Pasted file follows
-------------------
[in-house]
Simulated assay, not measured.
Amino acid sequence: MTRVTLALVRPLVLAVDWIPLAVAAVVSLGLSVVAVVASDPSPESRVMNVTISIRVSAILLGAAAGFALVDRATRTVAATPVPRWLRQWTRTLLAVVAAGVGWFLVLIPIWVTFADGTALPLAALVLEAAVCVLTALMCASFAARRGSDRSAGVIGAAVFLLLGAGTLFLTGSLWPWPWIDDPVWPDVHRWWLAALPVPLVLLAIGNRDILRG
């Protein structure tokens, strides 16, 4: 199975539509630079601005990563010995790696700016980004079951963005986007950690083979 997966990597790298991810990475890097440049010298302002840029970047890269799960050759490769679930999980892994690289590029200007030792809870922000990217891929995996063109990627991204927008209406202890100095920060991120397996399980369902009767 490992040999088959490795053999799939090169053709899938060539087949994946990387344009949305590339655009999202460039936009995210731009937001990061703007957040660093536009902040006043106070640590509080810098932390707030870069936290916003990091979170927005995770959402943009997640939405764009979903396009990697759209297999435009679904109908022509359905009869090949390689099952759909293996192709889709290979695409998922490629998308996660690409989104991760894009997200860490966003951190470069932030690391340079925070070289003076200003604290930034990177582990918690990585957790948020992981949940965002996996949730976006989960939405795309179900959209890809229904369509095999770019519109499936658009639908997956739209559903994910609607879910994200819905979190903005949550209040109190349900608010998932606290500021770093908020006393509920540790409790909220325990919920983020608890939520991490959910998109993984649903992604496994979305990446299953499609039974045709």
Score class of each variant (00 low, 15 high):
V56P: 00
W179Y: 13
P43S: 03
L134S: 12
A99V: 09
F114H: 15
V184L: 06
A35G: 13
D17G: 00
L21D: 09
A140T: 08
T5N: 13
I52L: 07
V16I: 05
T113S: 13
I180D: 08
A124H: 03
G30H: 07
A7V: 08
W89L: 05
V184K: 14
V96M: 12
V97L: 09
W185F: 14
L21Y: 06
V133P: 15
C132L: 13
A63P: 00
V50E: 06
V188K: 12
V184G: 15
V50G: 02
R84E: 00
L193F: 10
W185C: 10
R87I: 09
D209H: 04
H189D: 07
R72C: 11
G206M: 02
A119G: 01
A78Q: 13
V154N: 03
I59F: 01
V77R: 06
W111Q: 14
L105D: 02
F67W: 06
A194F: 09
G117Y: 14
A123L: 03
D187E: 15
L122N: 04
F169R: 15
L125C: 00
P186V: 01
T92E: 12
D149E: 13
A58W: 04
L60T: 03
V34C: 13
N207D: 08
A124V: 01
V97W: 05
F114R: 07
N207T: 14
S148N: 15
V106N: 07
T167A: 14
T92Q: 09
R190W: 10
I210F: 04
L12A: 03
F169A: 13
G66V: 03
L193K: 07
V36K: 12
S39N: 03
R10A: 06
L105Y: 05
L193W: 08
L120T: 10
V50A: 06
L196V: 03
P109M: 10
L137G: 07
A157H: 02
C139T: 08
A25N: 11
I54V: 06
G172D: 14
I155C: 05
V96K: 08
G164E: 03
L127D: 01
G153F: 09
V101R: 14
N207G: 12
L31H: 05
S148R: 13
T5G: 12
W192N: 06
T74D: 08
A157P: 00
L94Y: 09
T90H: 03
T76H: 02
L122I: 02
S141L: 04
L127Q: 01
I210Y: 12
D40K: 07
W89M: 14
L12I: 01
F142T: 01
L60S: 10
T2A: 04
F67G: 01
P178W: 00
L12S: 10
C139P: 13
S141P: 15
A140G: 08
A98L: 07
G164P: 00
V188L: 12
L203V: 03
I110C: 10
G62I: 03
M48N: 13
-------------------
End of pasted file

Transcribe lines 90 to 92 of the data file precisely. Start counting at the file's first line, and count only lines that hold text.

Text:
P109M: 10
L137G: 07
A157H: 02